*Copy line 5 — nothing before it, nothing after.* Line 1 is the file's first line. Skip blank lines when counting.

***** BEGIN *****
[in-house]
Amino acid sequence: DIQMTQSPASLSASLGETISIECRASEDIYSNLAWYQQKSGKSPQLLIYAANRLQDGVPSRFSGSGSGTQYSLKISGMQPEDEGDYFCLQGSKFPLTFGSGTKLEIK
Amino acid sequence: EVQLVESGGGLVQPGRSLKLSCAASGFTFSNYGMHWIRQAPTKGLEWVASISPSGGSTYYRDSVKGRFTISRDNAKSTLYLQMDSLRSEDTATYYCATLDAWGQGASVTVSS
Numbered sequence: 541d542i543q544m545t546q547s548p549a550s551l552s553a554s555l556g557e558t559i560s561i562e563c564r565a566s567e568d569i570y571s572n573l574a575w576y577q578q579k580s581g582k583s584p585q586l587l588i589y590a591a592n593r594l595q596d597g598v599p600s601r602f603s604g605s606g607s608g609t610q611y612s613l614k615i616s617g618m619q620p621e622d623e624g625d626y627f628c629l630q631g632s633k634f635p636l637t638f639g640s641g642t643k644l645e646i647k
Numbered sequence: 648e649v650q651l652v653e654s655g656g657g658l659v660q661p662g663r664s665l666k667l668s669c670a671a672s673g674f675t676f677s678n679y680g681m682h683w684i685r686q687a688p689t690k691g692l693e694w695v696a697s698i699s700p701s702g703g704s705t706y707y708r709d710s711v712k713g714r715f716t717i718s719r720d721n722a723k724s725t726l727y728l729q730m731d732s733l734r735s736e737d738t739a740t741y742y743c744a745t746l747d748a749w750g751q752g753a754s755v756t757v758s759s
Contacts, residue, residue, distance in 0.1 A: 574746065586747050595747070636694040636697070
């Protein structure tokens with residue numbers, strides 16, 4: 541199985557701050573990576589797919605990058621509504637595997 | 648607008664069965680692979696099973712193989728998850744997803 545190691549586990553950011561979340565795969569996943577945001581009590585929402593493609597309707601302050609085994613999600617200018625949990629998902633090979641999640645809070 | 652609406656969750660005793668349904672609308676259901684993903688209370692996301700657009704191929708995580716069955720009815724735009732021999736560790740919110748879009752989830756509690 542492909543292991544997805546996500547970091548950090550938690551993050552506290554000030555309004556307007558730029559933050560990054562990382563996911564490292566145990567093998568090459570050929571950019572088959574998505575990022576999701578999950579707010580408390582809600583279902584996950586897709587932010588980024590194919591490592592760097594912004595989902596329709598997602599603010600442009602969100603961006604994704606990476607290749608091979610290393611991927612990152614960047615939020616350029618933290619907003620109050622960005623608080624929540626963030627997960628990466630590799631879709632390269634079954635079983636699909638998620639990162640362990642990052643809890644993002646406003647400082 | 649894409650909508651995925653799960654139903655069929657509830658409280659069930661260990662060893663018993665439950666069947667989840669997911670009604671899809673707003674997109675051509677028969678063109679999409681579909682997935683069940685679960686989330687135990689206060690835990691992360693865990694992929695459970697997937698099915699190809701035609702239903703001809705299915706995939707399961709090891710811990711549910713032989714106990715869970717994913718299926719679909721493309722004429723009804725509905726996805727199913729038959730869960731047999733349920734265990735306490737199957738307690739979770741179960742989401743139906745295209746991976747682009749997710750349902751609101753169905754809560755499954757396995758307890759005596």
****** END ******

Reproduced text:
Numbered sequence: 648e649v650q651l652v653e654s655g656g657g658l659v660q661p662g663r664s665l666k667l668s669c670a671a672s673g674f675t676f677s678n679y680g681m682h683w684i685r686q687a688p689t690k691g692l693e694w695v696a697s698i699s700p701s702g703g704s705t706y707y708r709d710s711v712k713g714r715f716t717i718s719r720d721n722a723k724s725t726l727y728l729q730m731d732s733l734r735s736e737d738t739a740t741y742y743c744a745t746l747d748a749w750g751q752g753a754s755v756t757v758s759s